Meet the Author – ‘Motorway Madness’
‘Meet The Author’ Evening In The Wenvoe Arms.
Our thanks to Ian Pate and The Friends of Wenvoe Library for organising another excellent ‘Meet the Author’ evening in the Wenvoe Arms. The topic ‘Motorway Madness’ might not have initially sparked your interest, but through photographs, expert knowledge and an array of personal anecdotes, Ian ensured that we had an evening which was both sobering and entertaining.
With a twenty-five year career in sales, which required extensive travelling in the UK, Ireland and the Benelux countries, Ian thought he knew everything there was to know about driving on motorways. However, it was not until he started working as a Traffic Officer in 2008, that he learnt about the unpredictability of our motorways. In this role, with powers to stop and direct traffic and work under the authority of a police officer, he began to appreciate the phrase ‘expect the unexpected’.
Statistically, the motorway is the UK’s safest road. Drivers know that if something happens whilst driving on the motorway they should move onto the hard shoulder, put their hazard lights on, get out of the car if possible and get to a place of safety. The last of these is important because the most dangerous place on the motorway is the hard shoulder. A safe place Ian reminds us is ‘behind the barrier, up on the embankment, under signs, by bridges or even on a police observation post’. If you stay in your car, your life expectancy according to police statistics is 30 minutes. The message is ‘When it is safe to do so – get out, keep safe, stay alive!’ At night, this risk increases. There have been cases in which lorry drivers at night have put their inside wheels onto the rumble strip that separates the hard shoulder from lane one, to keep them alert whilst watching TV!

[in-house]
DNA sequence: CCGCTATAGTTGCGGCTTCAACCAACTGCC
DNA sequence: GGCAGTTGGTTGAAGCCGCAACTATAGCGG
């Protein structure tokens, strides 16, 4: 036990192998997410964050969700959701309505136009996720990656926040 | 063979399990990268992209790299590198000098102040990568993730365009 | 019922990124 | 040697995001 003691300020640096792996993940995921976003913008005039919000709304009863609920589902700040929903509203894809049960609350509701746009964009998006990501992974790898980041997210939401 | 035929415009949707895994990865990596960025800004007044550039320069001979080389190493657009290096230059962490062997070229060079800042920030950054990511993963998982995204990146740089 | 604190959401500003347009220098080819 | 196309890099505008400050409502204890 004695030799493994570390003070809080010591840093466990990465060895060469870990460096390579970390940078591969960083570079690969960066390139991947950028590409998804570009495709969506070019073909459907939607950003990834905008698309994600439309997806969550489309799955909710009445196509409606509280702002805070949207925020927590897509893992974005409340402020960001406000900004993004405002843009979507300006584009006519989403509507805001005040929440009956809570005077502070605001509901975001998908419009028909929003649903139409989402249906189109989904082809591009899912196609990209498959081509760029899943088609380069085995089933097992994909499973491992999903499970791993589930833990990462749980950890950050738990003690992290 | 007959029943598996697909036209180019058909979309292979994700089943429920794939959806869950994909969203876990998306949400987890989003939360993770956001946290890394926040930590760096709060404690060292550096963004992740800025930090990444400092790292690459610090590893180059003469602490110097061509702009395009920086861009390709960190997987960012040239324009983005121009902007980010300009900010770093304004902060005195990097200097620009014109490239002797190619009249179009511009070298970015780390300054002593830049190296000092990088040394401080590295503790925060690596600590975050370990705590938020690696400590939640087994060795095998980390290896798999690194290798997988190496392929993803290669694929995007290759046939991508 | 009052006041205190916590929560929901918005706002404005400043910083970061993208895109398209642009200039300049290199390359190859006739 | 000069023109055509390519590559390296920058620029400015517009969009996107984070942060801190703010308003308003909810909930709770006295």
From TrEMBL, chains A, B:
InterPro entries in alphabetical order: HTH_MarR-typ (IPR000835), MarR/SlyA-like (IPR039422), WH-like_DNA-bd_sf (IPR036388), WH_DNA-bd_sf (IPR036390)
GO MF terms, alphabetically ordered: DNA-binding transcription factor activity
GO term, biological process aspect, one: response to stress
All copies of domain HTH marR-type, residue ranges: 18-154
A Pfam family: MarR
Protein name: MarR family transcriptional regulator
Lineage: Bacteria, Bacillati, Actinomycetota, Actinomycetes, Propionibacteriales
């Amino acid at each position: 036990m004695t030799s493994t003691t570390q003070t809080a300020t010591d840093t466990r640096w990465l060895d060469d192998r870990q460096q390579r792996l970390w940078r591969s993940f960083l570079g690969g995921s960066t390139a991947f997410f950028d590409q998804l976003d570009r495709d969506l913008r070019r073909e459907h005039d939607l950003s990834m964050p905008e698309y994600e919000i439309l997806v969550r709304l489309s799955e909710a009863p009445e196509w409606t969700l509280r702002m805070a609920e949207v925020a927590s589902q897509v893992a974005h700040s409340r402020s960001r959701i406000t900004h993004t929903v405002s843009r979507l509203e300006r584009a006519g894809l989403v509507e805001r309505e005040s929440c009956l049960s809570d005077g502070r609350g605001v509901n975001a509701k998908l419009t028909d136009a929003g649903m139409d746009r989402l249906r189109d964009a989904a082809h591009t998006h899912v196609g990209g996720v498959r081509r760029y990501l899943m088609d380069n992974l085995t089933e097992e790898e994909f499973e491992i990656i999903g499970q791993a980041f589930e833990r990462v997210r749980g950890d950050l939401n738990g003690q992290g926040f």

As a Traffic Officer, Ian was involved in a wide range of incidents. Twenty five percent of all breakdowns attended on the motorway are simply because drivers have run out of fuel. Some drivers get into trouble when transporting goods like a mattress or even a complete bed from IKEA on the roof of their car without the legally required roof rack and safety harnessing! Getting animals to safety – horses, swans and at one time a small herd of water buffalo in Newbury – were all in a day’s work. Drunk drivers, unwell drivers, car fires and extreme weather all require assistance from the Traffic Officers. These people ensure that you and I are safe if an incident does occur. Ian and his colleagues set up rolling roadblocks, clear dangerous debris from motorways and are the people on the ground responding to alerts from the Traffic Management Centres across the country.
Ian concluded his talk with a look at new smart motorways where all lanes are running. On the first smart motorway on the M42 in the West Midlands, there is no hard shoulder and a refuge area every 500 metres. Above every lane there are signs to note variable speed and clear messages e.g. lanes closing. Any difficulties drivers encounter, are immediately picked up by the control centre and a lane can be automatically closed. The M4 between J3 and J12 is currently being upgraded to a smart motorway. However, the model has undergone modifications. Refuge areas are now1.6 miles apart and overly detailed signs on the left hand side of the motorway, have replaced the clear signs above each lane. It can take up to one hour for an ambulance to get to an incident. Inevitably, such concerns have led road safety campaigners to lobby Parliament and they are now working with an all-party group of MPs to look at the safety concerns relating to the rollout of smart motorways.
The Friends of Wenvoe Library would like to thank Ian for his support in helping to raise funds for Wenvoe Library. Please look out for the next ‘Meet the Author’ evening – we would love to see you there.